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  1. Fracking ends marriages and relationships
  2. Gas Drilling Is Polluting Water, But Don't Blame Fracking - The Atlantic
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The author, who has a PhD, doesn't understand any of the positives of natural gas, claiming pollution and a large footprint on her land. Natural gas has reduced emissions immensely. As far as the foot print, a 3 acre well pad for half a year is a way better compromise than a solar farm field. And she definitely has never been to a windmill, the noises and shadows those horrendous things throw off are driving people crazy.

Definitely not any accurate scientific data, just a bored housewife trying to ruin the lives of her struggling neighborhood farms. I could not even finish this poorly written attempt of a book. Check this stinker off your list. Note to author, next time get an independant opinion before publishing such drival. Format: Paperback. Hamel has written a truly captivating memoir chronicling a nearly-three-year period in which she dealt with the issues of gas fracking on an old family farmstead passed down to her, which she and husband Tom use for summer vacations in north central Pennsylvania.

Hamel, with a PhD in environmental health sciences, has a completely different reaction. Thus begins the mild conflict between the two of them. The memoir actually is poetically written, as stated in the cover notes, with imagery and emotion that puts the reader in the old farmhouse and out on the land Hamel loves. One also shares her difficult internal deliberations and conflicted desires both to make things better for her family and to protect the land.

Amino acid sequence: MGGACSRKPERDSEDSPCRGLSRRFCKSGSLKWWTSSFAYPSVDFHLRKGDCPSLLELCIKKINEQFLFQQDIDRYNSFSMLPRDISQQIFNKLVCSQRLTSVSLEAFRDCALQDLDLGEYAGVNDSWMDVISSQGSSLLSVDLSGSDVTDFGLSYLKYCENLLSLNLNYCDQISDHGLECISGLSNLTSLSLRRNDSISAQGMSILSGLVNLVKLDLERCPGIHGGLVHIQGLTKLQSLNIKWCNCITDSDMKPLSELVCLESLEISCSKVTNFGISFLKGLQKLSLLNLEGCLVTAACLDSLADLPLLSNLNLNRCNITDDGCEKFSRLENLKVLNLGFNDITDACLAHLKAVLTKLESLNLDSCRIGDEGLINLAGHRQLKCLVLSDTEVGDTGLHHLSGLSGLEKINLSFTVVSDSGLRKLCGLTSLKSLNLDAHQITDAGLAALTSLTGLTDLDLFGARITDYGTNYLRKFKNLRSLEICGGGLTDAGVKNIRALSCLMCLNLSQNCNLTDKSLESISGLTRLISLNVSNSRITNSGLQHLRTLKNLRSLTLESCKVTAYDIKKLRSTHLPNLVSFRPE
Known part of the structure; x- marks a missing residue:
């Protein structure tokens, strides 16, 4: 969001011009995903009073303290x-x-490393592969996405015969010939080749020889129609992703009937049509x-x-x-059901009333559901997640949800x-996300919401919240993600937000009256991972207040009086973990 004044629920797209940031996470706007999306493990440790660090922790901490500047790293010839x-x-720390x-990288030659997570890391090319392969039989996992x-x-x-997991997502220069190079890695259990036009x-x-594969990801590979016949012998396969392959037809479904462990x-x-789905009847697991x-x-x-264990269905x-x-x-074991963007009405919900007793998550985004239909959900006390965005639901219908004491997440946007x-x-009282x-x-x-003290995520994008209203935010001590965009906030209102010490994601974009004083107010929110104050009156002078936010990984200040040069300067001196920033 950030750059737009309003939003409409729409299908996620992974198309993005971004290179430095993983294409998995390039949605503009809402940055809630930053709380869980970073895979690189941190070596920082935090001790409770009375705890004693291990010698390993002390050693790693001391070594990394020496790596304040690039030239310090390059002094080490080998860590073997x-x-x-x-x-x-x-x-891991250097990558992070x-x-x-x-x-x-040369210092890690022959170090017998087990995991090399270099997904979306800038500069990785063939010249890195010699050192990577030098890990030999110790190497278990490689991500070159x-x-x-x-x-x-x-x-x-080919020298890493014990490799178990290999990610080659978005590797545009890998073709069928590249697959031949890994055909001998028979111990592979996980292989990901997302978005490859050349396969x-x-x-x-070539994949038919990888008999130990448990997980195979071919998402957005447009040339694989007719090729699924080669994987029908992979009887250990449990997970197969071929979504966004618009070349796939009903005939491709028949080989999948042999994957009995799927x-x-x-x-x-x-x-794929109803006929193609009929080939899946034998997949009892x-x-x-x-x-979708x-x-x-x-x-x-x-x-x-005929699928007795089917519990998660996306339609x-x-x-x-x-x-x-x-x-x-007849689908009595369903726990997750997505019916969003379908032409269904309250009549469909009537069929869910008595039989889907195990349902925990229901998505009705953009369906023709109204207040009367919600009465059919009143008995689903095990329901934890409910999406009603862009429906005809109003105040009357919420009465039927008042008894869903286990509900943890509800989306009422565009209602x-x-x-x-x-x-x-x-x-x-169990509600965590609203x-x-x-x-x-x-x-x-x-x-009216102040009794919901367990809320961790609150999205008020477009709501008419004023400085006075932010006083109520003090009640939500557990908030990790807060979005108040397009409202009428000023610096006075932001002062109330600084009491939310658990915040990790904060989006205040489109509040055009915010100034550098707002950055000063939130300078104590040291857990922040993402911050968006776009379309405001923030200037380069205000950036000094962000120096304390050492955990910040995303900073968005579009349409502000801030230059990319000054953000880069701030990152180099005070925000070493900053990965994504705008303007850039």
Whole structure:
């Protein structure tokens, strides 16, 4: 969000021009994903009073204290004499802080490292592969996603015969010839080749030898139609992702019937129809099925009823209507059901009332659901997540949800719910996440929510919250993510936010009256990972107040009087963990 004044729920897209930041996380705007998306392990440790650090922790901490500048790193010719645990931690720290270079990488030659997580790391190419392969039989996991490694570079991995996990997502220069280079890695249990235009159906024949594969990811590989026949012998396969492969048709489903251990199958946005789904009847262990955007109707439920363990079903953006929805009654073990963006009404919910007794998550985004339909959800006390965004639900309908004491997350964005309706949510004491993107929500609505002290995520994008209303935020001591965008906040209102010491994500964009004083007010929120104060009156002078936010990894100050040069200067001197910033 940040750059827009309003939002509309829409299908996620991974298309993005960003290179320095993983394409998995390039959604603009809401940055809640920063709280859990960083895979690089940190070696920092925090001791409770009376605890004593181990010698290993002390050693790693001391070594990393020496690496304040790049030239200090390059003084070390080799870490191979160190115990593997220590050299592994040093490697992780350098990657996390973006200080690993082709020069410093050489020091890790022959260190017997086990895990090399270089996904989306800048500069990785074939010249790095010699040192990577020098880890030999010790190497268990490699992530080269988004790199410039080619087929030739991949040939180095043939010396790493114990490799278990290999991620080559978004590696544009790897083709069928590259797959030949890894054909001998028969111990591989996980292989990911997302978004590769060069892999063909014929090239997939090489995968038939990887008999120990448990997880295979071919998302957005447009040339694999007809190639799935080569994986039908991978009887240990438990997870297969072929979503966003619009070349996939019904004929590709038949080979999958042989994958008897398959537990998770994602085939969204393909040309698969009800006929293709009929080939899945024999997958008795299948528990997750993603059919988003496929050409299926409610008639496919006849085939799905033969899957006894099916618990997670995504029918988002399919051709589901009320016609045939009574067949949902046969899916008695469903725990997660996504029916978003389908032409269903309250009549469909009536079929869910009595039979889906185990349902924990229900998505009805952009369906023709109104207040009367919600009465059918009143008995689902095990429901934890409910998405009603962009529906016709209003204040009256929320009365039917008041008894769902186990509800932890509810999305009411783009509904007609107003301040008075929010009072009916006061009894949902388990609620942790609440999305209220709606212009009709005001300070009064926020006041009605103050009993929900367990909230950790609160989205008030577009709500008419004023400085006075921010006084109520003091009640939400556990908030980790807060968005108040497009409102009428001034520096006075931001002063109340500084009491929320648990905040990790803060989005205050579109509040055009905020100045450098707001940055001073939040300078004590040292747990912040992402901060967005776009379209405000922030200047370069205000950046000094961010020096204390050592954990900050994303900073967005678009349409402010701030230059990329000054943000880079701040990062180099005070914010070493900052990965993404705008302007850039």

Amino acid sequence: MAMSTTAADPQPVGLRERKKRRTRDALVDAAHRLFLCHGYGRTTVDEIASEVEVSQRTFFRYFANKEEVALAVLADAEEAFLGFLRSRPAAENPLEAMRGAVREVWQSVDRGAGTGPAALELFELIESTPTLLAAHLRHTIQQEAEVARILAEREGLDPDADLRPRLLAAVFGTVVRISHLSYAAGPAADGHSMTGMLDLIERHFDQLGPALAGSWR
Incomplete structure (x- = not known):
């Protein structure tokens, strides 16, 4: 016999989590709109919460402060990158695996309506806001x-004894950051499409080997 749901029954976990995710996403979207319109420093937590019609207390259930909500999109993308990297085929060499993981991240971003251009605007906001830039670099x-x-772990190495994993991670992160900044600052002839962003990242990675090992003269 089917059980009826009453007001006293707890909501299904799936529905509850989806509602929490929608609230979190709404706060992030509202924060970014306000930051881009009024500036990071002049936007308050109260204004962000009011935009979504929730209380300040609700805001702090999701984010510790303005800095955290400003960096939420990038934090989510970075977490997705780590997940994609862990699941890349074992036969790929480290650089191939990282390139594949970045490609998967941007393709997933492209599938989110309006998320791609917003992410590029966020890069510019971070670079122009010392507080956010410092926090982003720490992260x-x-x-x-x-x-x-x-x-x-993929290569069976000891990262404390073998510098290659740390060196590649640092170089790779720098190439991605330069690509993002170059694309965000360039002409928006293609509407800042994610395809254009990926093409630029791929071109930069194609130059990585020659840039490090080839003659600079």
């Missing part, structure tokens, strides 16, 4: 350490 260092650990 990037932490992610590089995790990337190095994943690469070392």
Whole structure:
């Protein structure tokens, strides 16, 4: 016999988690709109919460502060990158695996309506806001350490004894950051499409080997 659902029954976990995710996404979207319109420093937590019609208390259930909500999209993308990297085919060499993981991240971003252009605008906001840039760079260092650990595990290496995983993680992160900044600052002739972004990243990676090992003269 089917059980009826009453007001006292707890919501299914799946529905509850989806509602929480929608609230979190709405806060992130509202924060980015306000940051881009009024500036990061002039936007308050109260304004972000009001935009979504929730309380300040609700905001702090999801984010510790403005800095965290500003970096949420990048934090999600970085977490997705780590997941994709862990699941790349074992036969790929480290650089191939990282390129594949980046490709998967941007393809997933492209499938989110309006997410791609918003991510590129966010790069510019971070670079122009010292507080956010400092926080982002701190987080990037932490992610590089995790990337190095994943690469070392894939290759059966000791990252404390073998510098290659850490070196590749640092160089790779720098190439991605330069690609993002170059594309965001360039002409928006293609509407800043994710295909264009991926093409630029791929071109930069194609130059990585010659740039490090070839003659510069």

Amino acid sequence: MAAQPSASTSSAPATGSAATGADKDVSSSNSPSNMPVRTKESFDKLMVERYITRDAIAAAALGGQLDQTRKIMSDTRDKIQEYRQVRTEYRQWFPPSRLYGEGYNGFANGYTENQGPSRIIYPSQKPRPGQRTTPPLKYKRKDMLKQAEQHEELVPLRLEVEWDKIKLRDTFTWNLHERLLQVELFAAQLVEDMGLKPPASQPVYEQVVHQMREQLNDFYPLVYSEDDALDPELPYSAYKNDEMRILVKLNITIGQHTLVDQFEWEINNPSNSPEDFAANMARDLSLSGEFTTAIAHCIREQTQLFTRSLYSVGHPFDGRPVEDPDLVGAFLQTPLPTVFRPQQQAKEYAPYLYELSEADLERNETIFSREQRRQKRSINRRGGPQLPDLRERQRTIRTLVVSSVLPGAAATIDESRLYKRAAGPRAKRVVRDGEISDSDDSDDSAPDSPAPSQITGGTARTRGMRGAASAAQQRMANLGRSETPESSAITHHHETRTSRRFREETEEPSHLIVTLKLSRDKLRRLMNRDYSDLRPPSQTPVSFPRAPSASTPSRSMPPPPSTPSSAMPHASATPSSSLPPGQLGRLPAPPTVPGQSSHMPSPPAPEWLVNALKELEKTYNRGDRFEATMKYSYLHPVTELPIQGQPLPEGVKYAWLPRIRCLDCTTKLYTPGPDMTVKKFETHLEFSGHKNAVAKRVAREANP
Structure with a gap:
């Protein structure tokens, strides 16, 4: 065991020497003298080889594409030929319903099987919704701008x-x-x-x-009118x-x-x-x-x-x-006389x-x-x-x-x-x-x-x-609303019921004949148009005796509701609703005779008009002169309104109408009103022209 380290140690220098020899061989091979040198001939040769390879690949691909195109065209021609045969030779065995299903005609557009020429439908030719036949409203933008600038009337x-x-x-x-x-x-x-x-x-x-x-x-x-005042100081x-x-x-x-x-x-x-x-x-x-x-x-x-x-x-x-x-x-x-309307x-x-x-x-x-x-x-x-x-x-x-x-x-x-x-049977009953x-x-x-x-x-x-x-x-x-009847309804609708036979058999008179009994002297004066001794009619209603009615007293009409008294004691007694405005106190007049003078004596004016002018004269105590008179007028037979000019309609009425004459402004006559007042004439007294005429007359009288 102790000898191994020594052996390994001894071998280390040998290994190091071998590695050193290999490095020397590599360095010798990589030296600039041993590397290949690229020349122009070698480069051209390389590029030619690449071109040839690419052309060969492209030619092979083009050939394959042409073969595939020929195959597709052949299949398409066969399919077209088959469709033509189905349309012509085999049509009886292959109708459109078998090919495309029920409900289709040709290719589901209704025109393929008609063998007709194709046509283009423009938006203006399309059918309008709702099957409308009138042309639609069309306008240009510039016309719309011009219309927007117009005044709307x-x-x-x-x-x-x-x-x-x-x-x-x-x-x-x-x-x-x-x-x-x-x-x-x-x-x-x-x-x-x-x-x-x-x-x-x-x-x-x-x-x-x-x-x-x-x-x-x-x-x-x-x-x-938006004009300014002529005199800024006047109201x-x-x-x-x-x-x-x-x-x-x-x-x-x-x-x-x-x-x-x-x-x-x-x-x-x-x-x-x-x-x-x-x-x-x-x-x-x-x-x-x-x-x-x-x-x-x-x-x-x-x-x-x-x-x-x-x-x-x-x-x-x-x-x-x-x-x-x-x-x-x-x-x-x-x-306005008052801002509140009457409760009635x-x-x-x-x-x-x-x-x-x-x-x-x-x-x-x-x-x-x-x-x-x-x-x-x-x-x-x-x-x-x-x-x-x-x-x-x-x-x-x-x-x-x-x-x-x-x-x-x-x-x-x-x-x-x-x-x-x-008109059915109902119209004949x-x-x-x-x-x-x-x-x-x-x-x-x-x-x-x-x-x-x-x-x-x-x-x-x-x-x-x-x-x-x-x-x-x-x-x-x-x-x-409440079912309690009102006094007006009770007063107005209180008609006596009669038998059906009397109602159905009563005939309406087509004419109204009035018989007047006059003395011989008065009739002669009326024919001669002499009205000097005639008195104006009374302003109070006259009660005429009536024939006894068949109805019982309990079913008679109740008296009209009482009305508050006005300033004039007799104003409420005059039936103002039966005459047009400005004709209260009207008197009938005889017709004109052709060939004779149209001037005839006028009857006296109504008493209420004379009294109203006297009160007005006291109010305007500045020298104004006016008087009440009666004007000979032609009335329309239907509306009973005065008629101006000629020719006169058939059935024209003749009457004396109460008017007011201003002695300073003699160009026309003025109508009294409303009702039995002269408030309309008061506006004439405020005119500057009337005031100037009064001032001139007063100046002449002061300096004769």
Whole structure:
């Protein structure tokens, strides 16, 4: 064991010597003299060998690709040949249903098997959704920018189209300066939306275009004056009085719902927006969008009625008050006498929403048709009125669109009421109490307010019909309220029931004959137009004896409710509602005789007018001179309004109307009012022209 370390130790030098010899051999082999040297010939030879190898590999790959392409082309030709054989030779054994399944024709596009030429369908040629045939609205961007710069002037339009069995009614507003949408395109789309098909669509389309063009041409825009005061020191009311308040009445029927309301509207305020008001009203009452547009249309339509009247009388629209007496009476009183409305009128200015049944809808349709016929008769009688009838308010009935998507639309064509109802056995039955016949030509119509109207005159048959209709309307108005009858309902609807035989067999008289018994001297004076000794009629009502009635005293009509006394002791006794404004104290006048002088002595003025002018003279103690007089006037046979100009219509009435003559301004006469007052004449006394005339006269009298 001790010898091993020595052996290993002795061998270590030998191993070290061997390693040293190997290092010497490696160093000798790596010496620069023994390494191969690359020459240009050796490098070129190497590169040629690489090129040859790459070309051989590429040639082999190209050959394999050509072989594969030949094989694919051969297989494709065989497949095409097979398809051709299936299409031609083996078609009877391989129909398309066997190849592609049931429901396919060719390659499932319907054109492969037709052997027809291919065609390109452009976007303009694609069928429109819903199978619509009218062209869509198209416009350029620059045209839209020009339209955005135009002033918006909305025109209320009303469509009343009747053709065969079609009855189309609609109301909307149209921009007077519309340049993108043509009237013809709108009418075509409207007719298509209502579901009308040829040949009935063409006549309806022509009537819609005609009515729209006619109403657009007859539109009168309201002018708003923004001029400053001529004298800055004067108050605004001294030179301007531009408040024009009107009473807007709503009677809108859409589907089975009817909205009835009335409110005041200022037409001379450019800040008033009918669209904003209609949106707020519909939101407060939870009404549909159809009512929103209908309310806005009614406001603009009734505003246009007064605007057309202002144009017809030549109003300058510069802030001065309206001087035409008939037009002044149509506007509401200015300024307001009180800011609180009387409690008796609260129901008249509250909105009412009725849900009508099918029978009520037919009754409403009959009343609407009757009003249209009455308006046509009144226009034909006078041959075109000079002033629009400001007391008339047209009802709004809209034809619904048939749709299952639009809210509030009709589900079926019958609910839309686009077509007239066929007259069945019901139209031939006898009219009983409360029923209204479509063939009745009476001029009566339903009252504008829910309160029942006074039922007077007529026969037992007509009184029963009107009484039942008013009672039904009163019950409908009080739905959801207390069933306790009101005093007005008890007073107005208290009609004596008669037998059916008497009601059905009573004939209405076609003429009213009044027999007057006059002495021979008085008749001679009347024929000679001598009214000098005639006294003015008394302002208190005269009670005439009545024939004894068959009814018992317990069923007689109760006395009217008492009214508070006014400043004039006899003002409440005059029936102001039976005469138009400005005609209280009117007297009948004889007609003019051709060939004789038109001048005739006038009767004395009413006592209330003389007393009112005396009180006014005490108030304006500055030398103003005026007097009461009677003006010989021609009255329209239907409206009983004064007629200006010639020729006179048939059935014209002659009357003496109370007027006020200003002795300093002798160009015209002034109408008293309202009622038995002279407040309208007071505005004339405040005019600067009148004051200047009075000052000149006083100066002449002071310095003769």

Disclaimer notes in the book state that gas fracking laws have changed since the time period - she worked on the book, but this is still a relevant look at the process those who try to live responsibly as caretakers of the planet go through when presented with near-impossible choices. The book takes us along on Hamel's research process and lets us in on her communications to and from the gas company, environmental experts and others as she tries to find her way to a stand on the issue.

Ultimately, her quest to reach a conclusion stalls during the daily routine of taking care of her family, but some of her best writing centers around her interactions with the children and flashbacks to her childhood on the land and her memories of family there.

  1. A geoscientist’s take on new U.S. fracking rules | Science | AAAS.
  2. No, The EPA Has Not Actually Changed Its Conclusion On Risks Of Fracking To Drinking Water?
  3. Gas Drilling and the Fracking of a Marriage, by Stephanie Hamel | Coffeetown Press?
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Yet, by the end of the book, her deliberation process has been so long detoured that the gas company is now no longer offering contracts on the land; but horizontal drilling from another location may pass under her land anyway. The documentary, "Gaslands," was also released which raised public awareness of issues around fracking and made the term a household word. Hamel touches on a list of issues, such as eminent domain, that are timely concerns today for citizens all around the country as big power and utility companies stretch their influence across the states seeking more profit.

It is easier to ignore a problem than to prevent it," Hamel writes during her struggles.

Fracking ends marriages and relationships

What do we do? Take the money and build a better future for our family and perhaps spend the money on some other environmental issue we CAN win? Or do we keep fighting? My disappointment is that Hamel never made a choice. What came out of it, however, was a lovely memoir that raises important questions and resulted in a good read for lovers of memoir as well as environmental activists.